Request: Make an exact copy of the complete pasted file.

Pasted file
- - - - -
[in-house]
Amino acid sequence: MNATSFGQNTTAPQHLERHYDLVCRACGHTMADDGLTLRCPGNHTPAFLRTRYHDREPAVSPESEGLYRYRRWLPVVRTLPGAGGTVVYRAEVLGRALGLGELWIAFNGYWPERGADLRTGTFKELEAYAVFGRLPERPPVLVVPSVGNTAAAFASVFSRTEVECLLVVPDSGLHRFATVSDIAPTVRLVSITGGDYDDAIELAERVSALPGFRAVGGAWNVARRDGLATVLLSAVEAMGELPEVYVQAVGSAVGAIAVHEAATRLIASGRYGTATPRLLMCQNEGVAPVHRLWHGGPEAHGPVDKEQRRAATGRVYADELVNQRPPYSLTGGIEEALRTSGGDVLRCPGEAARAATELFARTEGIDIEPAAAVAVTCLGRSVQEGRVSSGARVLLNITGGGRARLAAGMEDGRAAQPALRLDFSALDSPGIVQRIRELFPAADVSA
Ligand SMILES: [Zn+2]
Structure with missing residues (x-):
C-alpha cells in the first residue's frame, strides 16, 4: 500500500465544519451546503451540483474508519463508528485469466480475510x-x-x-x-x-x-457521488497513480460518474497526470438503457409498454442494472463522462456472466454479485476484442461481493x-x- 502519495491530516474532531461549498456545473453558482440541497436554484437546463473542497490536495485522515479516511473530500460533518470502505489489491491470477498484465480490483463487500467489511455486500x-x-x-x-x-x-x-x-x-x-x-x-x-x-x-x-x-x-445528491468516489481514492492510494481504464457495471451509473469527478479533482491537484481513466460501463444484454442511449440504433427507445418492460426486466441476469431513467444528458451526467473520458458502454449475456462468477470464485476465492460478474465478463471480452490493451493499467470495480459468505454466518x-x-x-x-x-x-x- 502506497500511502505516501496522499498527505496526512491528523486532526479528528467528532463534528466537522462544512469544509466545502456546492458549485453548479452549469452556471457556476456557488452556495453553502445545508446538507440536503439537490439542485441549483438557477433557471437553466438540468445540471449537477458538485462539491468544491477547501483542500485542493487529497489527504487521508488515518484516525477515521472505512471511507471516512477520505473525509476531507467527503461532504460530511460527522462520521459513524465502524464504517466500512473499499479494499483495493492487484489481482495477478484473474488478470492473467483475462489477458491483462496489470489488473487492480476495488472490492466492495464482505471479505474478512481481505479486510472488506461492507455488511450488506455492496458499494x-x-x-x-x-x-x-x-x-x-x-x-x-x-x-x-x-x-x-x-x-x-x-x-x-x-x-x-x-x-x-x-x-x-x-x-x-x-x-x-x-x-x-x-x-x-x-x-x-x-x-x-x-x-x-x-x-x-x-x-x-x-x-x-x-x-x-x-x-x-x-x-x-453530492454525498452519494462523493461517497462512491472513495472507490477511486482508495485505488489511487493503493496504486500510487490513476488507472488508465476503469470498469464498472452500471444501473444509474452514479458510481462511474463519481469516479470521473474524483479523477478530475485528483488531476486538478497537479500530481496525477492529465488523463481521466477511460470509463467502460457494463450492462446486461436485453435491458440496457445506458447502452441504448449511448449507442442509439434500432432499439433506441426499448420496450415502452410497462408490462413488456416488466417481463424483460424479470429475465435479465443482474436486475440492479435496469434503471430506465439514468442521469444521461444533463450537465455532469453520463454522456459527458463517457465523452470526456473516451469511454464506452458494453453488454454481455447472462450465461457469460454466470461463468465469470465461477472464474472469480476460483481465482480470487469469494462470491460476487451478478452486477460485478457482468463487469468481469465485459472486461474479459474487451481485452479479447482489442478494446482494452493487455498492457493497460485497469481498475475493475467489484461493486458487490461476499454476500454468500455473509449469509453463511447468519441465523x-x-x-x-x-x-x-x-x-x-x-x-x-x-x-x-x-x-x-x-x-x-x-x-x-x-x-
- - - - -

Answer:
[in-house]
Amino acid sequence: MNATSFGQNTTAPQHLERHYDLVCRACGHTMADDGLTLRCPGNHTPAFLRTRYHDREPAVSPESEGLYRYRRWLPVVRTLPGAGGTVVYRAEVLGRALGLGELWIAFNGYWPERGADLRTGTFKELEAYAVFGRLPERPPVLVVPSVGNTAAAFASVFSRTEVECLLVVPDSGLHRFATVSDIAPTVRLVSITGGDYDDAIELAERVSALPGFRAVGGAWNVARRDGLATVLLSAVEAMGELPEVYVQAVGSAVGAIAVHEAATRLIASGRYGTATPRLLMCQNEGVAPVHRLWHGGPEAHGPVDKEQRRAATGRVYADELVNQRPPYSLTGGIEEALRTSGGDVLRCPGEAARAATELFARTEGIDIEPAAAVAVTCLGRSVQEGRVSSGARVLLNITGGGRARLAAGMEDGRAAQPALRLDFSALDSPGIVQRIRELFPAADVSA
Ligand SMILES: [Zn+2]
Structure with missing residues (x-):
C-alpha cells in the first residue's frame, strides 16, 4: 500500500465544519451546503451540483474508519463508528485469466480475510x-x-x-x-x-x-457521488497513480460518474497526470438503457409498454442494472463522462456472466454479485476484442461481493x-x- 502519495491530516474532531461549498456545473453558482440541497436554484437546463473542497490536495485522515479516511473530500460533518470502505489489491491470477498484465480490483463487500467489511455486500x-x-x-x-x-x-x-x-x-x-x-x-x-x-x-x-x-x-445528491468516489481514492492510494481504464457495471451509473469527478479533482491537484481513466460501463444484454442511449440504433427507445418492460426486466441476469431513467444528458451526467473520458458502454449475456462468477470464485476465492460478474465478463471480452490493451493499467470495480459468505454466518x-x-x-x-x-x-x- 502506497500511502505516501496522499498527505496526512491528523486532526479528528467528532463534528466537522462544512469544509466545502456546492458549485453548479452549469452556471457556476456557488452556495453553502445545508446538507440536503439537490439542485441549483438557477433557471437553466438540468445540471449537477458538485462539491468544491477547501483542500485542493487529497489527504487521508488515518484516525477515521472505512471511507471516512477520505473525509476531507467527503461532504460530511460527522462520521459513524465502524464504517466500512473499499479494499483495493492487484489481482495477478484473474488478470492473467483475462489477458491483462496489470489488473487492480476495488472490492466492495464482505471479505474478512481481505479486510472488506461492507455488511450488506455492496458499494x-x-x-x-x-x-x-x-x-x-x-x-x-x-x-x-x-x-x-x-x-x-x-x-x-x-x-x-x-x-x-x-x-x-x-x-x-x-x-x-x-x-x-x-x-x-x-x-x-x-x-x-x-x-x-x-x-x-x-x-x-x-x-x-x-x-x-x-x-x-x-x-x-453530492454525498452519494462523493461517497462512491472513495472507490477511486482508495485505488489511487493503493496504486500510487490513476488507472488508465476503469470498469464498472452500471444501473444509474452514479458510481462511474463519481469516479470521473474524483479523477478530475485528483488531476486538478497537479500530481496525477492529465488523463481521466477511460470509463467502460457494463450492462446486461436485453435491458440496457445506458447502452441504448449511448449507442442509439434500432432499439433506441426499448420496450415502452410497462408490462413488456416488466417481463424483460424479470429475465435479465443482474436486475440492479435496469434503471430506465439514468442521469444521461444533463450537465455532469453520463454522456459527458463517457465523452470526456473516451469511454464506452458494453453488454454481455447472462450465461457469460454466470461463468465469470465461477472464474472469480476460483481465482480470487469469494462470491460476487451478478452486477460485478457482468463487469468481469465485459472486461474479459474487451481485452479479447482489442478494446482494452493487455498492457493497460485497469481498475475493475467489484461493486458487490461476499454476500454468500455473509449469509453463511447468519441465523x-x-x-x-x-x-x-x-x-x-x-x-x-x-x-x-x-x-x-x-x-x-x-x-x-x-x-